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September, 2004 - Nr. 9


The Editor
Vorsicht Satire!
Rachel Seilern
From the Lockerroom
Dear Mom
KW & Beyond
Schlesierpicknick 2004
Ukrainian Festival
Dick reports...
Sybille reports
Ham Se det jehört?
Canadian Opera Company
Lucia di Lammermoor
Opera Ball 2004
Best for Artists
Stage Your Escape
Nibelungen Festpiele
Planet In Focus
Via Salzburg
The Ninth Day
Deutsche Welle Celebrates
German Wine in Transition
Berlin Airport Controversy
"White Rose"
Fire in Weimar
Wim Wenders Film
Reiselust Ungebrochen
Chancellor gets H2 Car
Renewable Energy
German Supercar

Eastern German supercar to hit the roads

  TWIG - A new German sports car is making waves in the automotive press and raising hopes of an economic windfall for Altenburg, an eastern German hamlet of 40,000 known until now as the birthplace of "skat," a German card game.

In a move that proved that there is more to Germany’s automotive scene than Mercedes and Porsche, an Altenburg-based company called GMG Sportscar Manufacturing has just unveiled a sleek and stylish supercar called Apollo.

The ambitious eastern German carmakers want to do their Stuttgart-based rivals one better by putting Altenburg on the map as an automotive mecca on par with Maranello, the Italian city that Ferrari calls home.

GMG’s 650-horsepower, 360-km/h two-seater Apollo has already drawn comparisons with high-performance benchmarks like Ferrari, Maserati, Lamborghini and Aston Martin — and is surely a far cry from the plastic-bodied, 24-horse power Trabi that was once ubiquitous on eastern German roadways.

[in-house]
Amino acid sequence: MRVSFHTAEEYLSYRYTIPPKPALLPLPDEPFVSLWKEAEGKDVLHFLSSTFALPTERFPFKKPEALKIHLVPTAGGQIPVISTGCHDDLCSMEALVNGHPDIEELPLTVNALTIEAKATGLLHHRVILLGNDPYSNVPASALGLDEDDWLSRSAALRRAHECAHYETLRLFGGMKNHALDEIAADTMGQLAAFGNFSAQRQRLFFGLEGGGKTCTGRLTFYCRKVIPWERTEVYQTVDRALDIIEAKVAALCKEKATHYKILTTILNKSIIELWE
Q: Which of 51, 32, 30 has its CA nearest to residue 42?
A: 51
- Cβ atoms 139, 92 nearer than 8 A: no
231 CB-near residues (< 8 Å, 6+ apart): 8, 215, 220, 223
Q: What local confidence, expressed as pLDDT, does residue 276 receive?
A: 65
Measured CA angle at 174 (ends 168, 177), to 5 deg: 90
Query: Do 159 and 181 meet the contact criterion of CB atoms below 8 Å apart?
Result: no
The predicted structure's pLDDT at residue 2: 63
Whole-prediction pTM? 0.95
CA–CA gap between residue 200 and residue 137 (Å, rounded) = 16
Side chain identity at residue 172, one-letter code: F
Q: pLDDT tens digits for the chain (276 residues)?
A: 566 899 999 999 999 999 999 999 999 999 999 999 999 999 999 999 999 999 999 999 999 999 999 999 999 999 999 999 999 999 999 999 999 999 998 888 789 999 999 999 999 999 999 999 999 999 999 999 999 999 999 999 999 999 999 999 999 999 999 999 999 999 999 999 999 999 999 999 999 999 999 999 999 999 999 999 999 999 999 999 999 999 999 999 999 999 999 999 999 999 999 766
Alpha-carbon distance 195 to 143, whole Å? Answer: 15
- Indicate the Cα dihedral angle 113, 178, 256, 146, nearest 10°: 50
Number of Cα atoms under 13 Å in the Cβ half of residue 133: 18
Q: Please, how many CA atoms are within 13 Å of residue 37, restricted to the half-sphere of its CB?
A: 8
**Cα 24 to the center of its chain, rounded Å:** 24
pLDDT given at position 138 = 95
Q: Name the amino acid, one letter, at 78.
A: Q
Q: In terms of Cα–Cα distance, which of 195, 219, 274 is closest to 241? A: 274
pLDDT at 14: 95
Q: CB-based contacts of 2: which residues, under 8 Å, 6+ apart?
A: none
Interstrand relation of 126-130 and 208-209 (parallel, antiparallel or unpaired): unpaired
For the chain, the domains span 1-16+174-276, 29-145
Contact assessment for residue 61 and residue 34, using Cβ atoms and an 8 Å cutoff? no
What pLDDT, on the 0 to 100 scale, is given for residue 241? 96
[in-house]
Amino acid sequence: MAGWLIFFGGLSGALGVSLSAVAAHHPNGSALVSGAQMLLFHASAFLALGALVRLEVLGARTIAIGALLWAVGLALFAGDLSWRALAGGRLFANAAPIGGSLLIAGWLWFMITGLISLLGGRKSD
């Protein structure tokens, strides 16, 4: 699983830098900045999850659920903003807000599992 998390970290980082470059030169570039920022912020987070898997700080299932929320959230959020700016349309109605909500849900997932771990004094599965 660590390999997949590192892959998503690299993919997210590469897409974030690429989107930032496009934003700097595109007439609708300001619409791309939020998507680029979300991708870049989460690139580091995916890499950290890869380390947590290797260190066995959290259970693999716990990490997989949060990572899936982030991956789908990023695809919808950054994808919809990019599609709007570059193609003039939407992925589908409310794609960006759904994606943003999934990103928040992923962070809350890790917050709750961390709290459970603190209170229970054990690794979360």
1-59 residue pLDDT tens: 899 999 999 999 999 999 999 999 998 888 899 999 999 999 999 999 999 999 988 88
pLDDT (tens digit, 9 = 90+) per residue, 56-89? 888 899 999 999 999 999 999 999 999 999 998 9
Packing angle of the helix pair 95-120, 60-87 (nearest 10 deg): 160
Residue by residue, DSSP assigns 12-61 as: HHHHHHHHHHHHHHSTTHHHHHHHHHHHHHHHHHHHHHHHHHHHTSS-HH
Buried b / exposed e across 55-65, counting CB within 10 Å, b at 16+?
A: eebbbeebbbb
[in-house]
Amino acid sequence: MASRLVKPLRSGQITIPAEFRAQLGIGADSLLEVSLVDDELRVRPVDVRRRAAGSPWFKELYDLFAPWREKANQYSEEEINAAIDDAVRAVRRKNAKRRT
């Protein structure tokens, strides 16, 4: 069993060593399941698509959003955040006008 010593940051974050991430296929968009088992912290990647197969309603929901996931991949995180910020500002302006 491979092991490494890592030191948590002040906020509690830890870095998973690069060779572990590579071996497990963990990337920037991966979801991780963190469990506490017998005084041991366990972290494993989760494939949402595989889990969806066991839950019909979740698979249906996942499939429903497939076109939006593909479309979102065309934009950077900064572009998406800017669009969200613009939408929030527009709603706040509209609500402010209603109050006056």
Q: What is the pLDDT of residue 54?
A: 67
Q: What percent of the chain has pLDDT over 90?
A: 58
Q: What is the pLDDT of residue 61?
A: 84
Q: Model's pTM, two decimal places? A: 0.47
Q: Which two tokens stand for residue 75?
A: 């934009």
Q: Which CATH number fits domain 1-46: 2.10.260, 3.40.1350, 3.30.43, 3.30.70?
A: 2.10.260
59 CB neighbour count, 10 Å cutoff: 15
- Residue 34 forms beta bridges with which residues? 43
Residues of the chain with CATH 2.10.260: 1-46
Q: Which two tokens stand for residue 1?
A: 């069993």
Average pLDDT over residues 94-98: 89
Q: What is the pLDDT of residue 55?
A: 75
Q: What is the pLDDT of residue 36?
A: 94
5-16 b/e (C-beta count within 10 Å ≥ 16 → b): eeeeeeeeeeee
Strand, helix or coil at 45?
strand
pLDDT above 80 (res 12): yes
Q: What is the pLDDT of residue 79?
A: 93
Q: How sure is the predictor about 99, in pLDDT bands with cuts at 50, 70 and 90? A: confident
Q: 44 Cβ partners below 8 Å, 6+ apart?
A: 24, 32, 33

The top-of-the-line Apollo model will be powered by a 4.2-liter Audi V8 engine, capable of propelling its 1,000 kg chrome-molybdane-steel chassis to 100 km/hr in just 3.0 seconds.

With prices ranging form 115,000 Eur to 175,000 Eur ($142,000 to $215,000), the Apollo isn’t cheap. But Altenburg’s entry in the race to build the world’s fastest car is practically a bargain compared to competitors like the Porsche GT at 500,000 Eur ($617,000) and the Enzo Ferrari at 645,000 Eur ($796,000).

GMG can afford to offer so much bang for the buck thanks to lower labor costs in the formerly communist eastern part of Germany, where modern industry is still taking root and unemployment is nearly twice as high as in the west.

The firm can also draw on a well-educated and highly-motivated workforce that boasts a tradition of automotive innovation.

Altenburg is close to the center of eastern Germany’s thriving auto industry, which has been a bright spot on an otherwise gloomy economic landscape.

BMW and Porsche have recently set up shop in nearby Leipzig, and in the neighboring city of Zwickau, two Volkswagen facilities that have produced more than 2.2 million vehicles since the Berlin Wall fell.

GMG hopes to solidify the region’s growing reputation as an automotive hub by tapping an eastern German company to handle the car’s distribution on an internet platform called Ossi Versand.
Republished with permission from "The Week in Germany"

The Apollo


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